NEW YORK — Before he won the competition to design the memorial for the World Trade Center site, Michael Arad was one of a team of architects designing a 108-story skyscraper planned for Hong Kong. He worked on details of the soaring structure’s pinnacle, including a sky deck and a restaurant, much like Windows on the World atop one of the ill fated twin towers.
Arad’s move from helping create one of the world’s tallest buildings to memorializing those who perished in the destruction of two other claimants to that title is but one dramatic transformation he has recently undergone.
The 34-year-old architect had no public reputation before his project “Reflecting Absence” triumphed in the international memorial contest, beating out 5,200 other entries. His selection last month catapulted him into the ranks of stellar architects like Santiago Calatrava, Jean Nouvel, Norman Foster, David Childs, Fumihiko Maki and Daniel Libeskind who are setting their mark on the closely watched parcel of downtown Manhattan.
It’s taking time for Arad to adjust to the limelight. “Take a deep breath,” a communications specialist for the Lower Manhattan Development Corp. could be overheard advising him before a recent press interview.
Sitting in the spacious conference room of the LMDC headquarters — located next to the now empty trade center plot that government agency is developing — Arad is reluctant to be too precise about what message his minimalist design should convey. That of course is the beauty of minimalism. Arad envisions a vast plaza interrupted by two large cubes or voids containing recessed pools that serve as reminders of the absence of what was destroyed on Sept. 11, 2001. “I hesitate to narrow the definition of the memorial,” he says softly. “It will mean different things to different people.”
A sign in the hallway outside points to the “Family Room,” reserved for grieving relatives of the 2,749 people who died when terrorists destroyed the towers, a reminder of just how emotionally freighted is Arad’s task. The son of a former Israeli ambassador to Washington, he struggles to find diplomatic skills of his own. Press him again to expand on his design’s meaning, and he’ll respond, “I don’t think I’m some sort of prophet or seer who has some sort of take on this which needs to be shared with the whole world.”
With parents living in bomb-plagued Jerusalem — where his father, diplomat Moshe Arad, most recently retired as vice president of the Hebrew University — and a sister in Tel Aviv, Arad is confronted with terrorism on a more regular basis than most New Yorkers. “Whenever you hear about something on the radio,” he says, “you worry about it.”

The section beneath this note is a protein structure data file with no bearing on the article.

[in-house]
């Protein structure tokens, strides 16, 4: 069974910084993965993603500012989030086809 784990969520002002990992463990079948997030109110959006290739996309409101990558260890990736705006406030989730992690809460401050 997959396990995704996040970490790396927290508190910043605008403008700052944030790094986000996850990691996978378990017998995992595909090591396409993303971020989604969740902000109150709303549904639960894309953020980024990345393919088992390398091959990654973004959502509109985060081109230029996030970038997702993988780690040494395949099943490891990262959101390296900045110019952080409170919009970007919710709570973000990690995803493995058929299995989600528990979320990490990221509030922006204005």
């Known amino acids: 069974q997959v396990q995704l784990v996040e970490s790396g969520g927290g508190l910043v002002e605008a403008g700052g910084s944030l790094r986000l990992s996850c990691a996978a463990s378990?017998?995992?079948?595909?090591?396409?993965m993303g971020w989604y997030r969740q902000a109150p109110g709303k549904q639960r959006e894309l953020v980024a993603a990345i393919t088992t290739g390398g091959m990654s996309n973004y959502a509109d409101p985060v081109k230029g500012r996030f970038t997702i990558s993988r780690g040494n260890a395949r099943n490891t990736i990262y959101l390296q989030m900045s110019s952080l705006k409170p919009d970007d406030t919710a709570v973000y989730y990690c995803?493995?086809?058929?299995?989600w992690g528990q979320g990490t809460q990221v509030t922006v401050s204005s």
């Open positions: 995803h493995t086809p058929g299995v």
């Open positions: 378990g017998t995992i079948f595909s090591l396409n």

Arad graduated with a government degree from Dartmouth College and studied architecture at Georgia Institute of Technology after serving his mandatory military duty with an Israeli army unit stationed in the West Bank. He now has an American wife and recently received a U.S. immigration Green Card. Although he spent a good part of his life abroad as his father took up postings in London, Mexico City, New York and Washington, Arad identifies himself first and foremost as a citizen of the Jewish state.
Arad’s former boss at the large New York-based firm of Kohn Pederson Fox Associates, where he worked on the Hong Kong tower, sees his national background as a direct influence on the memorial’s design. “An architect has only his own internal experience and emotion to draw upon,” says Paul Katz, a partner at KPF. “His background of being an Israeli gave him a special understanding of a place like that. Israelis have had to deal with a history of loss of life. There are many memorials, monuments to the Holocaust. There’s a long tradition of creating historical memorials with modern architecture.”
Soon after Arad was awarded the coveted commission, an op-ed piece in a New York newspaper argued in a similar vein. “Israelis understand how to commemorate mass murder the way Eskimos know how to deal with snowstorms,” commentator Zev Chafets wrote in The Daily News. “They are experts the hard way.”
A gangly figure with a dark brown forelock poised above sleek chrome spectacle frames, Arad disputes any such theory. “You can never really know how it would be to see things from any other viewpoint from your own. You can imagine them. I’d like to think that what I’m suggesting here is not a product of being an Israeli. I don’t think I’m that Eskimo.”